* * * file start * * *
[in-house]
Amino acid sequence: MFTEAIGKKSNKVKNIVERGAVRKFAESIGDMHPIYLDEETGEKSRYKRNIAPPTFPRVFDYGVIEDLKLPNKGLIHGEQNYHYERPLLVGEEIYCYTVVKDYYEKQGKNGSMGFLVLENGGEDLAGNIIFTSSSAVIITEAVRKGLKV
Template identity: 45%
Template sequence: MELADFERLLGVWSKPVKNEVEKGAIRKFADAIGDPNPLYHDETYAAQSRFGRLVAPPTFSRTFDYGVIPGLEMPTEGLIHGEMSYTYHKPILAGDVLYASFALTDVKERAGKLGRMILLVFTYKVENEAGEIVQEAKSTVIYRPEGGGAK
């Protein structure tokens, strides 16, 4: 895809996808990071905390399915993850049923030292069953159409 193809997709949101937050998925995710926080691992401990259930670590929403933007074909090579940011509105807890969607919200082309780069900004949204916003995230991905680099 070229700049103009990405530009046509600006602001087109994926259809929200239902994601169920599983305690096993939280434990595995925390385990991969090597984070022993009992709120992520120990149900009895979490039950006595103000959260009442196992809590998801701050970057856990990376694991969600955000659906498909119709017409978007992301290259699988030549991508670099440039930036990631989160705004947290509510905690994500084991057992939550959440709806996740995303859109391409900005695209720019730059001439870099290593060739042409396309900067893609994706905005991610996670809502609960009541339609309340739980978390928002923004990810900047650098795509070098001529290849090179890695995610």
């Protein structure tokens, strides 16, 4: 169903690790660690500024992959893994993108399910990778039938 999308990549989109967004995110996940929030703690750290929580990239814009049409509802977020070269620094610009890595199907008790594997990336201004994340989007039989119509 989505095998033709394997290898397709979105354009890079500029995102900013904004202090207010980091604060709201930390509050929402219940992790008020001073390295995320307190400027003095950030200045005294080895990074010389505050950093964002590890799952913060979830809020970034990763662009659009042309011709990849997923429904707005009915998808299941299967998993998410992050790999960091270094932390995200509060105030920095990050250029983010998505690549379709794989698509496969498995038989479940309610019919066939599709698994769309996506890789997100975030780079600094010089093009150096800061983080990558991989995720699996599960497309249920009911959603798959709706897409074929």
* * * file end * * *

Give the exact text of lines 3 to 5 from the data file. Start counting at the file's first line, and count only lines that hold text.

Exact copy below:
Template identity: 45%
Template sequence: MELADFERLLGVWSKPVKNEVEKGAIRKFADAIGDPNPLYHDETYAAQSRFGRLVAPPTFSRTFDYGVIPGLEMPTEGLIHGEMSYTYHKPILAGDVLYASFALTDVKERAGKLGRMILLVFTYKVENEAGEIVQEAKSTVIYRPEGGGAK
């Protein structure tokens, strides 16, 4: 895809996808990071905390399915993850049923030292069953159409 193809997709949101937050998925995710926080691992401990259930670590929403933007074909090579940011509105807890969607919200082309780069900004949204916003995230991905680099 070229700049103009990405530009046509600006602001087109994926259809929200239902994601169920599983305690096993939280434990595995925390385990991969090597984070022993009992709120992520120990149900009895979490039950006595103000959260009442196992809590998801701050970057856990990376694991969600955000659906498909119709017409978007992301290259699988030549991508670099440039930036990631989160705004947290509510905690994500084991057992939550959440709806996740995303859109391409900005695209720019730059001439870099290593060739042409396309900067893609994706905005991610996670809502609960009541339609309340739980978390928002923004990810900047650098795509070098001529290849090179890695995610």